The 47 doctors protested in Quetta, the capital of southwestern Baluchistan province, on Monday, when they were detained. They were released later the same day, according to provincial spokesman Liaquat Shahwani.
An army statement on Tuesday said the “emergency supplies of medical equipment, including PPE (Personal Protective Equipment) are being dispatched to Quetta.”
However, some of the doctors said they were mistreated by police and that some of their colleagues were beaten. The physicians declined to give their names, fearing reprisals.
Two doctors have died after contracting the new virus in Pakistan, which has recorded 4,004 cases and 54 deaths. Many of the cases have been traced to pilgrims returning from neighboring Iran. Pakistani authorities have imposed a countrywide lockdown until April 14.
In Iran, authorities struggling to battle the virus announced Tuesday they would expand testing to asymptomatic people, but didn’t say how many test kits they have available or provide other details.
Iran’s Health Minister Saeed Namaki said that with active screening of such cases, there are expectations the virus and COVID-19, the illness it causes, can be brought under control by mid-May.
“With this step, we will go after people without symptoms,” said Namaki, adding this would require a large number of tests. He didn’t elaborate. The health ministry said searching for asymptomatic cases would be combined with restrictions on both city and intercity travel and quarantine.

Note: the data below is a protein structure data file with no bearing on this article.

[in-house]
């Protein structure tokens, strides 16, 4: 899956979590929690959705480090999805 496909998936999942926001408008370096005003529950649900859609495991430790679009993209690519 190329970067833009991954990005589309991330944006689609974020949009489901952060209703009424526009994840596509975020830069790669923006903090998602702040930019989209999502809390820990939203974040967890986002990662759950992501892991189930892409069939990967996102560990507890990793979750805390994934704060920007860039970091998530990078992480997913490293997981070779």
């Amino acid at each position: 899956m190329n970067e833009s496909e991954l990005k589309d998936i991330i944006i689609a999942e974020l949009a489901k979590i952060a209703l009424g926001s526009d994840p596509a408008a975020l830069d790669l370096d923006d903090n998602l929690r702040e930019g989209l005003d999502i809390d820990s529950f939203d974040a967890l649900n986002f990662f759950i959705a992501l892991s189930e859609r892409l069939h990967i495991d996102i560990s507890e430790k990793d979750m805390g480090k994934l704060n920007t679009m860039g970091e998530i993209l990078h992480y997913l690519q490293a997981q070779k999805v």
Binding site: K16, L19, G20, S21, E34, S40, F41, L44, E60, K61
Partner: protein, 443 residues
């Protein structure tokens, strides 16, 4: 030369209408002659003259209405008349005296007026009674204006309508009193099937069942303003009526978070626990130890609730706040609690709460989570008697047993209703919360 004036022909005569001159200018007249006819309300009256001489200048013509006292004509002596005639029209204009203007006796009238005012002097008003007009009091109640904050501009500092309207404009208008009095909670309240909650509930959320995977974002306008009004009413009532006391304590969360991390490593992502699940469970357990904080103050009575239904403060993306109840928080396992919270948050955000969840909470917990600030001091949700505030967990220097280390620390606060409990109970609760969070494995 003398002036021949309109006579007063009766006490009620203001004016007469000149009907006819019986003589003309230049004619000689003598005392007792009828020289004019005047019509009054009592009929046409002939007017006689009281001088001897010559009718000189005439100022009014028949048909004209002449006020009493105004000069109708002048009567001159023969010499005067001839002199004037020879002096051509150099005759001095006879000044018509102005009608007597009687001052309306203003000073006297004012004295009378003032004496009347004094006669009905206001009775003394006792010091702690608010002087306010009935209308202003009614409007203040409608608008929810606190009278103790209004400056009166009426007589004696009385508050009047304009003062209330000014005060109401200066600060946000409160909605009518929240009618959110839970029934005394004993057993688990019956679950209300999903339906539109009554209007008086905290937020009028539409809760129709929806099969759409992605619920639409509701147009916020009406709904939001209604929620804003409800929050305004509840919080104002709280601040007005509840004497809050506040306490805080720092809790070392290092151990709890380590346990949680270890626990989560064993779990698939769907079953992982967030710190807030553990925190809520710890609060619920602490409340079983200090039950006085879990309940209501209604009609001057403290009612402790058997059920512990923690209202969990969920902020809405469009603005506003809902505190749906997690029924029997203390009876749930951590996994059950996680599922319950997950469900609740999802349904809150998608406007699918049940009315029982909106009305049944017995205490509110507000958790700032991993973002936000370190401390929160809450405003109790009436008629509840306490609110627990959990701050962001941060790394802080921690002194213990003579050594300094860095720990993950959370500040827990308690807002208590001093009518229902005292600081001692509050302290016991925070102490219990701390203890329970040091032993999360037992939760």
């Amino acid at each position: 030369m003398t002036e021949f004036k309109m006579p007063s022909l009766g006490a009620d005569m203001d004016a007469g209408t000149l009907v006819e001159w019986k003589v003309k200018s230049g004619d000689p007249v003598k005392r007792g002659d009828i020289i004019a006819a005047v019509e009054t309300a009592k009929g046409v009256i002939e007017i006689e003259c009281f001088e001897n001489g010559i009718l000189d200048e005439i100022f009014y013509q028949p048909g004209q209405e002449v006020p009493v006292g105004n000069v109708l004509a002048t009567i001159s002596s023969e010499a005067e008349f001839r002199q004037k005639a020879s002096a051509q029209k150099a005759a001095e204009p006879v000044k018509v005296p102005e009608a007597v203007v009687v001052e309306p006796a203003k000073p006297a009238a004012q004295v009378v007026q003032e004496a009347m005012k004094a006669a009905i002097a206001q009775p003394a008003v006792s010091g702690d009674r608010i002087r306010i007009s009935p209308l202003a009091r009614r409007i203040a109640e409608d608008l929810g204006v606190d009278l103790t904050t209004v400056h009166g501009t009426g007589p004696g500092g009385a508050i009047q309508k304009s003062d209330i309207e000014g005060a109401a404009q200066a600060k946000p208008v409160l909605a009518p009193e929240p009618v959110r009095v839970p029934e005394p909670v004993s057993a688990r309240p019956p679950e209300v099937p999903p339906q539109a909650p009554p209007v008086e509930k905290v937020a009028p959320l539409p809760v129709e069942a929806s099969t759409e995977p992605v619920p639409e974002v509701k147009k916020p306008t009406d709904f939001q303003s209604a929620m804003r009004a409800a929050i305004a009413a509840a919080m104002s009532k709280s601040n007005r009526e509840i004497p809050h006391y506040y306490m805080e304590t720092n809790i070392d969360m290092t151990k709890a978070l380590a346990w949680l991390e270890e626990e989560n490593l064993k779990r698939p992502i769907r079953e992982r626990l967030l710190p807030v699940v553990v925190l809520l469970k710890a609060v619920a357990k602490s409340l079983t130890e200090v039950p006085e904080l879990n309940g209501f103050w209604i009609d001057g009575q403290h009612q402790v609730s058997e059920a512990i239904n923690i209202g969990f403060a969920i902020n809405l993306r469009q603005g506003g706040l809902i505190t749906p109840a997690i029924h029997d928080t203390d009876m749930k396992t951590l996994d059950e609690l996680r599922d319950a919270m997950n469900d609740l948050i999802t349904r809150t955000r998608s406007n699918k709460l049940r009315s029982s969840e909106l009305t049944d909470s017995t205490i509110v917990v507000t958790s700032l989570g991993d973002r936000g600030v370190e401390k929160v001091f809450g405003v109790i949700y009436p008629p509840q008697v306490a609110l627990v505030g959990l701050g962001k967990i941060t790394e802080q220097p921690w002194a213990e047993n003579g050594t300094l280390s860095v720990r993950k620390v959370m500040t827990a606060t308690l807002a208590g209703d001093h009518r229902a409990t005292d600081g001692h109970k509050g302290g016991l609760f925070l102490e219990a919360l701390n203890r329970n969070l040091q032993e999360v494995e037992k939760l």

Iran is facing the worst outbreak in the region. Iran’s state TV said Tuesday the new coronavirus has killed another 133 people, pushing the country’s death toll to 3,872 amid 62,589 confirmed cases.
The health ministry’s spokesman, Kianoush Jahanpour, said 27,039 people have recovered so far while 3,987 remain in critical condition.
There are nearly 109,000 confirmed cases across the Middle East, with more than 4,600 fatalities.
In Egypt, the Ministry of Religious Endowments, which oversees mosques nationwide, called off all celebrations and late-evening prayer services for Ramadan, the holiest month of the Islamic calendar. The holiday, when devout Muslims fast from sunrise to sunset, begins April 23. Mosques and churches have already closed for prayer to curb the spread of the virus in the Arab world’s most populous country. There is also a nightly curfew but the government has resisted a harsher lockdown.
President Abdel Fattah El-Sisi on Tuesday sought to reassure the jittery public a day after officials reported 149 new infections, bringing the case count to 1,320 and 85 fatalities in the biggest single-day jump so far.
“So far, the situation is under control,” he said in televised comments. “The goal is to minimize the damage caused by the pandemic.”
The Egyptian military, at the forefront of the country’s fight against the virus, said it set up four field hospitals with more than 500 beds to help treat virus patients.
For most people, the new coronavirus causes mild to moderate symptoms such as fever and cough. But for some, especially older adults and the infirm, it can cause pneumonia and lead to death.
At a retirement home ravaged by the coronavirus in the southern Israeli city of Beersheba, another resident died, the eighth so far there. Dozens of the home’s resident’s have been infected and relatives have been staging angry protests outside the premises in recent days.
Overall, more than 9,000 have been infected in Israel and 60 have died, the vast majority elderly and many in assisted living facilities.